Originally posted on the BC Distance Family Mediation blog

Today's post is the first in a two-part series on mediator competence and self-awareness. It is our good fortune to have guest blogger, Kari Boyle, Executive Director of Mediate BC Society, share some of her thoughts on what just may be one of the most interesting - and challenging - topics for mediation practitioners today:

"Last month I attended the most recent educational session hosted by the CoRe Conflict Resolution Society. Veteran trainer and mediator, Lee Turnbull, led a fascinating discussion about ethical issues in mediation. The focus was on four key topics: party competence (including mental capacity); mediator competence; impartiality; and confidentiality. The topics clearly hit a chord with the audience.

In terms of the party competence and impartiality issues, Lee provided a helpful reminder of the need for mediators to be constantly curious rather than jumping to conclusions, assumptions or judgments. When we are confronted by a party who appears inebriated (for example) we need to stop, caucus and ask some probing questions to determine the extent of his or her incapacity, if any. When we are confronted by our own negative reaction to a party’s position we need to be sufficiently self-aware that we can pause and identify our own “stuff” so we can move it to the side and then focus on the needs of the parties. All great reminders.

It was the part about mediator competence that I wanted to reflect on a bit more. What does “competence” mean in this context and how is it measured? The Standards of Conduct of Mediate BC Society say:

5.1 A mediator must acquire and maintain knowledge, skills and abilities sufficient to provide competent mediation services, and provide services only for cases where he or she is qualified by experience or training.

8.2 A mediator must be alert to the need to recommend independent legal advice, particularly to unrepresented participants, and to the need to make the participants aware of the value of consulting other professionals in order to make fully informed decisions.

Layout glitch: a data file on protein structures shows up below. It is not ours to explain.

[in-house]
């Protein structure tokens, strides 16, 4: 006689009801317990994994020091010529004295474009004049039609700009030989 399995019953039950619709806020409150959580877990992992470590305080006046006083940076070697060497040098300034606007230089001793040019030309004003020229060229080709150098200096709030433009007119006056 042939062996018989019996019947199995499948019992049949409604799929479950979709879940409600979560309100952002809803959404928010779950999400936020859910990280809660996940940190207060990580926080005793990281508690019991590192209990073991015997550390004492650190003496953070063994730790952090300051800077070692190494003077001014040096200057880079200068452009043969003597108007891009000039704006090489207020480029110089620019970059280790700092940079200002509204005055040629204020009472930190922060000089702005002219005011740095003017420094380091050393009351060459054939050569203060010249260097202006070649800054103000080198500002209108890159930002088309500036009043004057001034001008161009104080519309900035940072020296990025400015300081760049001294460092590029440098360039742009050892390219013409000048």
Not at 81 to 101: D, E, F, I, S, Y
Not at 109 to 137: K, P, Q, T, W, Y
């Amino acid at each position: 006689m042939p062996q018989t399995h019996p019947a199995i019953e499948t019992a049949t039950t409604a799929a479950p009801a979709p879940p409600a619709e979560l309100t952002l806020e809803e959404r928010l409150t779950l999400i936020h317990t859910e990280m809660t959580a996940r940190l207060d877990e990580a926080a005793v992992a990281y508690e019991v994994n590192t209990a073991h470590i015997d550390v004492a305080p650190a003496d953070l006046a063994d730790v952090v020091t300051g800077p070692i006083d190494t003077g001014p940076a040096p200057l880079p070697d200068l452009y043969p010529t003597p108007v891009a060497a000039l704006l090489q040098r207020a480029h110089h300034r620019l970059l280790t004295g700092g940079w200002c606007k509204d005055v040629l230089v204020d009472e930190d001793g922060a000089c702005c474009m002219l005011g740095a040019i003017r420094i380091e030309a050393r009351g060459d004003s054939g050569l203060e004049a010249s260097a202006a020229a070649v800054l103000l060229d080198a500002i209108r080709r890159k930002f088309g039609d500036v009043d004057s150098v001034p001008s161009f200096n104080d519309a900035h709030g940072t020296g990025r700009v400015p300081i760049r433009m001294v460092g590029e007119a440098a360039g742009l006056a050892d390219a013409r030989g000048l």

These provisions don’t comprehensively define what mediator competence is but they do imply that mediators need to be self-reflecting and self-aware. Lee reminded us that mediators need to be clear about their own knowledge, skills and abilities and to assess whether they have the necessary knowledge and experience to act as mediator in a particular case. This is an ongoing responsibility as new issues and aspects can arise in mediation practices. Lee suggested that the key was, again, self-awareness. It can be surprisingly easy to find oneself overstepping one’s own competence.

For example, if I am conducting a family mediation and a question comes up that involves complex international tax issues, I need to stop, pause and reflect. Is this something that I am qualified to deal with (for me the answer would clearly be no!)? What help do I need? What other resources can I bring in to assist the parties? Many issues such as this will have surfaced during pre-mediation preparation and outside resources rallied as necessary. But sometimes things can surprise us and we need to have our curiosity poised and be ready to modify the process. The onus on the mediator is arguably greater when one or more clients are unrepresented.

Clients should not expect mediators to have all of the answers, particularly on complex substantive issues and, ideally, parties will have their own counsel to advise them. They do appreciate someone who can identify the red flags as they arise. Particularly for unrepresented parties, without the necessary qualifications obtained through experience or training a mediator might miss an important red flag and deprive clients of the opportunity to obtain advice.

So exactly how does a mediator improve self-awareness and competence? I will tackle that important issue in my posting next week."

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